On the eve of the launch of its 7th version, Drupal the Open Source content management system is constantly gaining popularity among the different CMS available on the market. This project was initiated in year 2000 by the Belgian developer Dries Buytaert, with the aim to compete with Wordpress and Joomla.
Over the last years Drupal made its place among the micro-entrepreneurs,SMEs and the large communities. This system was used for development of about 500,000 websites worldwide. Among these, we can named Rue89.com: the website of information and participatory debate uses the open source CMS since its inception in 2007 and now expanding to other websites with Drupal.
What is Drupal?
Drupal is an open Source content management system (CMS) released under the GNU General Public License, which is based on the PHP scripting language. This software allows you to publish, manage and organize the contents of a website, and may also manage the organization and the access rights of a community of users.It is organized around minimum content units, called "nodes", which correspond to different elements: article, blog, comment, entry form, image or picture gallery, survey, wiki, etc..
Drupal was originally defined as an "quick website assembler" by its creator Dries Buytaert, that is to say a platform facilitating the creation of content in a collaborative way on a website used by several people.
The modularity and scalability of CMS, allows you to add many features and makes it possible to conduct many different type of projects, especially in the following fields:
Web Publishing (building platforms and community sites on the Internet)
Creating knowledge management systems (including via a taxonomic classification - category-content)
Creation of Working Groups (intranet).
Note that: Unlike other CMS (Wordpress), Drupal requires the intervention of an experienced developer, due to its modular and highly adaptable structure.
A modular, flexible and scalable structure
Drupal is based on a modular structure that combines "native" modules available in the package-base program and a little more than 6,000 "community modules"
Some native modules required for the functioning of Drupal (eg user management), some are optional (eg add-in fora blog/website). Among the native modules: design and content rating (publication date, alphabetical, etc..) Management templates (models), system of taxonomy (eg ranking od keywords assigned to articles and creating categories) forum etc..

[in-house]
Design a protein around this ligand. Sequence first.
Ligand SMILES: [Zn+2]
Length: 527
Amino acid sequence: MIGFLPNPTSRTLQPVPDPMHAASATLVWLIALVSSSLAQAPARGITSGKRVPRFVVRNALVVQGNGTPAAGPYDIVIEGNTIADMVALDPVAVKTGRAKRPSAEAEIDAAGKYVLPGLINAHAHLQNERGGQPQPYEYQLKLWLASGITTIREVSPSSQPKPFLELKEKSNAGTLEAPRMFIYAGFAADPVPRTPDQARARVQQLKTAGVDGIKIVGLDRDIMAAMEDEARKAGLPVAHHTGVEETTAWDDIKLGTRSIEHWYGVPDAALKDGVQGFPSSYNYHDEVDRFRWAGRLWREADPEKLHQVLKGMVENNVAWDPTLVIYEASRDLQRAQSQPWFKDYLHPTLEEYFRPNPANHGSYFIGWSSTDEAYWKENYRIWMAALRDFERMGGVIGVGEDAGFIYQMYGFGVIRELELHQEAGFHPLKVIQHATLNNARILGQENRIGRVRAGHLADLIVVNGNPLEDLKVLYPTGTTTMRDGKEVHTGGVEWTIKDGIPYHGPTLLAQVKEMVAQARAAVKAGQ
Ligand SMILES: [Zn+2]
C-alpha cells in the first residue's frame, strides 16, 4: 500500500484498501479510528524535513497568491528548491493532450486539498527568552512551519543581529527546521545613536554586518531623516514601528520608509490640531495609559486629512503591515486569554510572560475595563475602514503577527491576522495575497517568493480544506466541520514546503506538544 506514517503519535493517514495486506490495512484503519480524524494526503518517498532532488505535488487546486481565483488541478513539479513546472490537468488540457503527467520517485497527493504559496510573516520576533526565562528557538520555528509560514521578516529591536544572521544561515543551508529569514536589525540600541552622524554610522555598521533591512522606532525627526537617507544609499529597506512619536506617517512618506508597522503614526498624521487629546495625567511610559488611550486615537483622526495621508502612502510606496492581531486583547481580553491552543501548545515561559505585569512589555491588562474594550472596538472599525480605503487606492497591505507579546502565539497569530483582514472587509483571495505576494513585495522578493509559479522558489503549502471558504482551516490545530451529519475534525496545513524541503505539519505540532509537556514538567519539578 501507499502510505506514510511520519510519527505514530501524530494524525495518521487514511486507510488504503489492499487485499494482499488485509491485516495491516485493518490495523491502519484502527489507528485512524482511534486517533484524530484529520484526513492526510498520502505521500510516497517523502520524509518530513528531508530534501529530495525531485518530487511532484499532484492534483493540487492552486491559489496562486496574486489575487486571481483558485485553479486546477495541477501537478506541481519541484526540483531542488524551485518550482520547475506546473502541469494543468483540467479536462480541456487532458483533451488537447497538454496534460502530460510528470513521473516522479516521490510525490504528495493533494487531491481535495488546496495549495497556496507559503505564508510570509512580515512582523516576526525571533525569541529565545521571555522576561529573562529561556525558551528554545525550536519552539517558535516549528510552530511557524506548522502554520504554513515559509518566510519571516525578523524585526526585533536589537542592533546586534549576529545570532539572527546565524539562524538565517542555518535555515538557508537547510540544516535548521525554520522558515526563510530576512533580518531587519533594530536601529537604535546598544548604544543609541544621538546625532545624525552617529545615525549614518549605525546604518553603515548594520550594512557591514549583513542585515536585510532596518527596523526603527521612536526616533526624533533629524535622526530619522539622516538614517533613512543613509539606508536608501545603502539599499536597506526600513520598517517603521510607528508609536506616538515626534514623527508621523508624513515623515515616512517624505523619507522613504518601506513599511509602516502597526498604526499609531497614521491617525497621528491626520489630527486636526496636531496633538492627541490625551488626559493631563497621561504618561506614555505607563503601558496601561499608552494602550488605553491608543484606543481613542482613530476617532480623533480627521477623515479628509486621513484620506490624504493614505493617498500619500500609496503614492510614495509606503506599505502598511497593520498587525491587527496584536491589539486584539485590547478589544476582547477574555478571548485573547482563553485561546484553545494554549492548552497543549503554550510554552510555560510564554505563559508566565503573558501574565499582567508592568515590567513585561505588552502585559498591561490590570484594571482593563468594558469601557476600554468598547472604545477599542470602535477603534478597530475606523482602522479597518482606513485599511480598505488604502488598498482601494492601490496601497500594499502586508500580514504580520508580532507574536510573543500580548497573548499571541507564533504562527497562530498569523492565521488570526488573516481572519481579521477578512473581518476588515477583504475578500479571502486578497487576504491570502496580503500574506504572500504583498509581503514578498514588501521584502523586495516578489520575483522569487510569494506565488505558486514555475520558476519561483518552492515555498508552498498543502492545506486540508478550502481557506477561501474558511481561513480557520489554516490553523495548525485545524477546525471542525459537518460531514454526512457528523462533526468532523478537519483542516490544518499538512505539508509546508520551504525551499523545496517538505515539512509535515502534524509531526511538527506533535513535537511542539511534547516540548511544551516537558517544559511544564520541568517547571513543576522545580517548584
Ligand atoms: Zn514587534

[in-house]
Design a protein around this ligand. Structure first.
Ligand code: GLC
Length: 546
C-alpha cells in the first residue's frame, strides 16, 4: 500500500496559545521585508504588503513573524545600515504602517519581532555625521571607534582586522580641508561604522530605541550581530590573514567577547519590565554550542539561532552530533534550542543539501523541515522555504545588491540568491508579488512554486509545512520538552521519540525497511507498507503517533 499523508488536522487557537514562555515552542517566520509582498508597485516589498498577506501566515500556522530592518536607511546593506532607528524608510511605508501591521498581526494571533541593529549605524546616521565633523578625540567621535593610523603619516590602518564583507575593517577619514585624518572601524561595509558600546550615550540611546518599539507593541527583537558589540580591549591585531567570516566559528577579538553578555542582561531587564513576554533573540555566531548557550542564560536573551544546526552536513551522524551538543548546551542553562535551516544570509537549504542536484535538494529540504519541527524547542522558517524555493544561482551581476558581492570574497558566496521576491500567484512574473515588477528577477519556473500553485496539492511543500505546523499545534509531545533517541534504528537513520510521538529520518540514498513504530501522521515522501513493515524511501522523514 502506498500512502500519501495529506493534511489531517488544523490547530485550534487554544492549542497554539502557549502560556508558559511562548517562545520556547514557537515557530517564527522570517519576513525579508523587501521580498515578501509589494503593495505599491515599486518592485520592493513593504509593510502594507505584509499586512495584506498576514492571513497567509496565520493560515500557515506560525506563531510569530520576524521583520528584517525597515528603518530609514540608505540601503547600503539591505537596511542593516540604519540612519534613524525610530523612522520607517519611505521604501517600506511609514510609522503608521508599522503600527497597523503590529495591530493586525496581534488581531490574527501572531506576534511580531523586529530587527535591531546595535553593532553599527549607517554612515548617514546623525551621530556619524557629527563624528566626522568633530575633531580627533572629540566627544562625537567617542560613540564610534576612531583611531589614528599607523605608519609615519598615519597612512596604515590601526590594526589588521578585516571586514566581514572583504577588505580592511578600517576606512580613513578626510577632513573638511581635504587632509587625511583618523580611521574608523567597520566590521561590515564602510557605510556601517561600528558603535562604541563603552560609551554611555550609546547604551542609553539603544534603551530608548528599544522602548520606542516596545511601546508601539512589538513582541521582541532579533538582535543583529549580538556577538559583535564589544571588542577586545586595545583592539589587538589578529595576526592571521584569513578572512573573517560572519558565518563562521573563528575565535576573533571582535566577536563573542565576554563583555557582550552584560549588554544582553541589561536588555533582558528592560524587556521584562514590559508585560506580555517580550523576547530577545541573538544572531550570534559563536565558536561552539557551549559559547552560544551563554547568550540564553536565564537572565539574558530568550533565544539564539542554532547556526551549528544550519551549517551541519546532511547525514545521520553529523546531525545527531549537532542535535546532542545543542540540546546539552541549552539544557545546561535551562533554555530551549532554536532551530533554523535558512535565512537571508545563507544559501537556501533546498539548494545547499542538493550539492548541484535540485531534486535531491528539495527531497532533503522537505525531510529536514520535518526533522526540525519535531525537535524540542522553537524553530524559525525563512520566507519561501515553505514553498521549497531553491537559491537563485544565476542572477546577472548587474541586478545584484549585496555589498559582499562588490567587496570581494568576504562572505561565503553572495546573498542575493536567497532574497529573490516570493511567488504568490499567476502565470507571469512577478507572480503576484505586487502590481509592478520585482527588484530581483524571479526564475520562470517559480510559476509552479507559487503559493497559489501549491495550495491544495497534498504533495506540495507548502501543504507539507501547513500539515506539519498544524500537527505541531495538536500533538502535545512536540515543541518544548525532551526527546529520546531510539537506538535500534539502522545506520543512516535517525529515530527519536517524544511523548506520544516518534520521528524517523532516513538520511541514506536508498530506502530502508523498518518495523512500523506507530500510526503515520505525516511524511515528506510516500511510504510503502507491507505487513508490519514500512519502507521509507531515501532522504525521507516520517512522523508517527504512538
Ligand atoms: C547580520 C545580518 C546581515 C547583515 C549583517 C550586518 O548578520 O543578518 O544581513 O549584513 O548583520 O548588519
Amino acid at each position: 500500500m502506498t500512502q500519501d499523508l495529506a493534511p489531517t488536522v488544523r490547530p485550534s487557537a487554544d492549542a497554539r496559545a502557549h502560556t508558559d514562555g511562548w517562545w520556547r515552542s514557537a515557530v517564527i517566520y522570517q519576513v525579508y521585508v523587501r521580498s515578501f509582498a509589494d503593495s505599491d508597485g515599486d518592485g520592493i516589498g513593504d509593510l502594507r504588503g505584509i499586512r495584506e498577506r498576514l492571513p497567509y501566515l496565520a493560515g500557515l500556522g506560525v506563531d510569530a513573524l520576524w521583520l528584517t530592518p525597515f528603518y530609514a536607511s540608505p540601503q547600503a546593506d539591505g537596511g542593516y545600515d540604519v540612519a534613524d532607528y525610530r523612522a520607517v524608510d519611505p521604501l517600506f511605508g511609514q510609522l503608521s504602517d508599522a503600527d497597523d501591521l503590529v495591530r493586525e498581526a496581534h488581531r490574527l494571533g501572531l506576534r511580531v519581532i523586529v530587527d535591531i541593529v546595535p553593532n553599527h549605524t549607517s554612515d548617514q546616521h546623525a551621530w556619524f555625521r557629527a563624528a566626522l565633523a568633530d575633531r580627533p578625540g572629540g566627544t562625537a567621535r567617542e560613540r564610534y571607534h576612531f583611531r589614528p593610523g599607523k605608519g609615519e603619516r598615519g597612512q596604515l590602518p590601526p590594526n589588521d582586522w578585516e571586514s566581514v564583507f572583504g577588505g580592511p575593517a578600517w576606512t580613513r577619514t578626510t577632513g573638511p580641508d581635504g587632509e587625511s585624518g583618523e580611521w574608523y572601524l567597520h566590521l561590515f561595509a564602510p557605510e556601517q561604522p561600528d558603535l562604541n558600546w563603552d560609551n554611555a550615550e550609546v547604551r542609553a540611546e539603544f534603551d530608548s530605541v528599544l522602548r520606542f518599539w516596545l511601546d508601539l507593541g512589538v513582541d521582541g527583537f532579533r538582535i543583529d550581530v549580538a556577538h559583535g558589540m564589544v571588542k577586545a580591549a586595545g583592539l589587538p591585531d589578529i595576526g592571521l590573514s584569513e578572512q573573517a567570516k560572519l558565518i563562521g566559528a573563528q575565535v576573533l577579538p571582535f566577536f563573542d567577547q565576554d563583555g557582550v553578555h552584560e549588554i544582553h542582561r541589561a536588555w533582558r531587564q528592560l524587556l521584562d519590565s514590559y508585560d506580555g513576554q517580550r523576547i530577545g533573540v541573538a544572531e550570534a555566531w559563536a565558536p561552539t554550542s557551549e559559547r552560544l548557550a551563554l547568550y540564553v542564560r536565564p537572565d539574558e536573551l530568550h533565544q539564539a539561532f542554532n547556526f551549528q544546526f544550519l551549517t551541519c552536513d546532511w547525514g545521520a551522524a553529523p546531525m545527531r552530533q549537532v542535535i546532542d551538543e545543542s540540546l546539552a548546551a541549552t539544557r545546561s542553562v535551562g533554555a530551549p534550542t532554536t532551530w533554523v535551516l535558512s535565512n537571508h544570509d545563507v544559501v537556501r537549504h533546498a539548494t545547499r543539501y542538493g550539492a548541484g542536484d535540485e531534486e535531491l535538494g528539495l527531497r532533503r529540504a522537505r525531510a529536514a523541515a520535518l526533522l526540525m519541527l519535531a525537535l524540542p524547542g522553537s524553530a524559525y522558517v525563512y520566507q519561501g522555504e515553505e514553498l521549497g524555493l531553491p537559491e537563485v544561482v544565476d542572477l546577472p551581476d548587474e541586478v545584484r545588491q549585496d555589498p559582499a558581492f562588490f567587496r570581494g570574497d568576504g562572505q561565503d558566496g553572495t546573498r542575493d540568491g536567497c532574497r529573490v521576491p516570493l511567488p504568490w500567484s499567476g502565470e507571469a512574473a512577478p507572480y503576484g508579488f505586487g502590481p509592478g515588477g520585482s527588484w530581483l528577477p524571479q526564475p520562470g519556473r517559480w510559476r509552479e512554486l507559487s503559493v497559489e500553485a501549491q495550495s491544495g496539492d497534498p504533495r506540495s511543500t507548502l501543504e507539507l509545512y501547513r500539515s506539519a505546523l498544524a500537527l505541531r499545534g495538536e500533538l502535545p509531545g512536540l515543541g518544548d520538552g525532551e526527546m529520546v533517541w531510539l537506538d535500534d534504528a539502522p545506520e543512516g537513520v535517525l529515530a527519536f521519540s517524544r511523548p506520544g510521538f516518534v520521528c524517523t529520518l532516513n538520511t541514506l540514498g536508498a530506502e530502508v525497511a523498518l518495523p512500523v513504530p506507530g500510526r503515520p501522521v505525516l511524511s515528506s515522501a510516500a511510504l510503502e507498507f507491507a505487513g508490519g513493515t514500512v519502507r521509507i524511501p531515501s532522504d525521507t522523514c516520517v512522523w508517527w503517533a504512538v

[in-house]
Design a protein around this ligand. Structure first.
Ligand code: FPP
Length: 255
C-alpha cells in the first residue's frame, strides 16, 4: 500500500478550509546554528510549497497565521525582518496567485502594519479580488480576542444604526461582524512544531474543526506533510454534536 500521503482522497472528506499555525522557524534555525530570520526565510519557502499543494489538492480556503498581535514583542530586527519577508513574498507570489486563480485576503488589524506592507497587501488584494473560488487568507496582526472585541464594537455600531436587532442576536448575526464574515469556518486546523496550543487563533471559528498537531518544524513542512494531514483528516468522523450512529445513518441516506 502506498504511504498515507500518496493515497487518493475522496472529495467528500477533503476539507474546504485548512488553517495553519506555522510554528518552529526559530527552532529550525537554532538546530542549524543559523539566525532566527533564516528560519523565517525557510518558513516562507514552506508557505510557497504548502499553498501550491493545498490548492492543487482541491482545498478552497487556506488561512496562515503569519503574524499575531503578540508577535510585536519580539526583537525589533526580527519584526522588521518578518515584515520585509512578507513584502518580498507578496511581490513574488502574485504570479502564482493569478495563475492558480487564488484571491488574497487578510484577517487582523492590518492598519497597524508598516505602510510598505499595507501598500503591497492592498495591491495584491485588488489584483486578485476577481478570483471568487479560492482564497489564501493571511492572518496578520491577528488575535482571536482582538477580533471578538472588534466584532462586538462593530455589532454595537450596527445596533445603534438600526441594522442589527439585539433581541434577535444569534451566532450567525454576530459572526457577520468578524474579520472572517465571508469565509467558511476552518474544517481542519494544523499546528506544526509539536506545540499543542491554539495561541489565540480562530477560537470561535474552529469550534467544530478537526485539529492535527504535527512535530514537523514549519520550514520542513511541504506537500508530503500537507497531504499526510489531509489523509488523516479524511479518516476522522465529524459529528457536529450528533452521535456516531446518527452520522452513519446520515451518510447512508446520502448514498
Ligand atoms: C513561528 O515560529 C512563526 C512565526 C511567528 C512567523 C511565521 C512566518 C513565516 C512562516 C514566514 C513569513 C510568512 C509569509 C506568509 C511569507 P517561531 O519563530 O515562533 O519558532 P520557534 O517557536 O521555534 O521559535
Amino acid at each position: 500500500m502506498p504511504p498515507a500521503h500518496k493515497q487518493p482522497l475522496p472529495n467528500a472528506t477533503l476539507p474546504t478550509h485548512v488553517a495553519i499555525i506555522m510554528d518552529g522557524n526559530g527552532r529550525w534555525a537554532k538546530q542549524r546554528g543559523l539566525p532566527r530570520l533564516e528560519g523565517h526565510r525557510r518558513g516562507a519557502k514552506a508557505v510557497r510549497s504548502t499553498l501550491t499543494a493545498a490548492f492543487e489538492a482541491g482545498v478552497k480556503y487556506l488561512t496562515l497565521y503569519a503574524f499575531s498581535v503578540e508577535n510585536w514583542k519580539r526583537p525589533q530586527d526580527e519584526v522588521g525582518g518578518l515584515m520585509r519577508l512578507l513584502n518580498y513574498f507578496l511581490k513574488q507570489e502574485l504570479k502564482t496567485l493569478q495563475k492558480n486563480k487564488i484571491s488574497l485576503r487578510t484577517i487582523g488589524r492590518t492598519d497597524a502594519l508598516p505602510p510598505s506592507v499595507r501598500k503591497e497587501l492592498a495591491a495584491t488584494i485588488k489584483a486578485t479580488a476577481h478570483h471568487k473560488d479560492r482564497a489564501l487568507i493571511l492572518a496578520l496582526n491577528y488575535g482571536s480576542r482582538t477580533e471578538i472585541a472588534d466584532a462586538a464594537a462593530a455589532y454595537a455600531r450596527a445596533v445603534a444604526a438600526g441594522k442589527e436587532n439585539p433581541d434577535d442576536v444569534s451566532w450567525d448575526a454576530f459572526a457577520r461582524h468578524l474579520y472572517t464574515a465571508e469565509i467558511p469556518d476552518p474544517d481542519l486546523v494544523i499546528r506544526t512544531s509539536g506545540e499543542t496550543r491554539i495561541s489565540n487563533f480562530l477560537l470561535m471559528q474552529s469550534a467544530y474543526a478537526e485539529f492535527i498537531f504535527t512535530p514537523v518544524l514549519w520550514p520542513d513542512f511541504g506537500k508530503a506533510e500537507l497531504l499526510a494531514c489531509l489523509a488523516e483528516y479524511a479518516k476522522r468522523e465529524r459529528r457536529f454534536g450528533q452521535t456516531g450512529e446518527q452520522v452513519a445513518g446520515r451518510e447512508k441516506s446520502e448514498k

The "community" modules are the result of work of the community of users organized around the Drupal project. CMS administrators can add these modules to build their website based on their development needs. These modules cover a variety of needs, including:
E-commerce (eg electronic payment)
Managing semantic content (metadata structure)
Search Engine Optimization
Mobile (2D code, managing a Drupal site from a smartphone)
Numerous modules are available in the following areas: statistics, security, web browsing, content syndication, integration of third party applications (eg Twitter)
Drupal and SEO
In addition to its modularity, Drupal has several functional characteristics that distinguish it from other CMS, particularly in terms of tools for SEO (search engine optimization. Including:)
Advanced control of URL writing (and the possibility of automation via the Pathauto module) for SEO.
The system of content classification (taxonomy), which allows you to organize content by keywords.
Simplified management of title pages and meta tags
The Drupal community
The community participating in the development of Drupal consists of hundreds of thousands of users and thousands of developers. They participate in the design of additional modules and production of documents and tutorials on how to use the CMS. The current success of Drupal is largely due to the dynamism of this community, as it is the case for many open source projects.
Drupal relies on several areas for knowledge sharing, including:
Focus: The Drupal project developers get paid more?
A recent study in the United States by the the DoNanza community website, a community platform that specializes in the employment webmasters/webdesigners in freelance, sheds light on the what are the monetary stakes generated by the different CMS (Wordpress, Joomla and Drupal). If Wordpress and Joomla are used respectively 6.5 and 3.5 times more often than Drupal, this is the one who reaps the biggest budgets: as a developer using Drupal (in freelance) earn on average $915 per project, against $455 and $473 respectively for Wordpress and Joomla.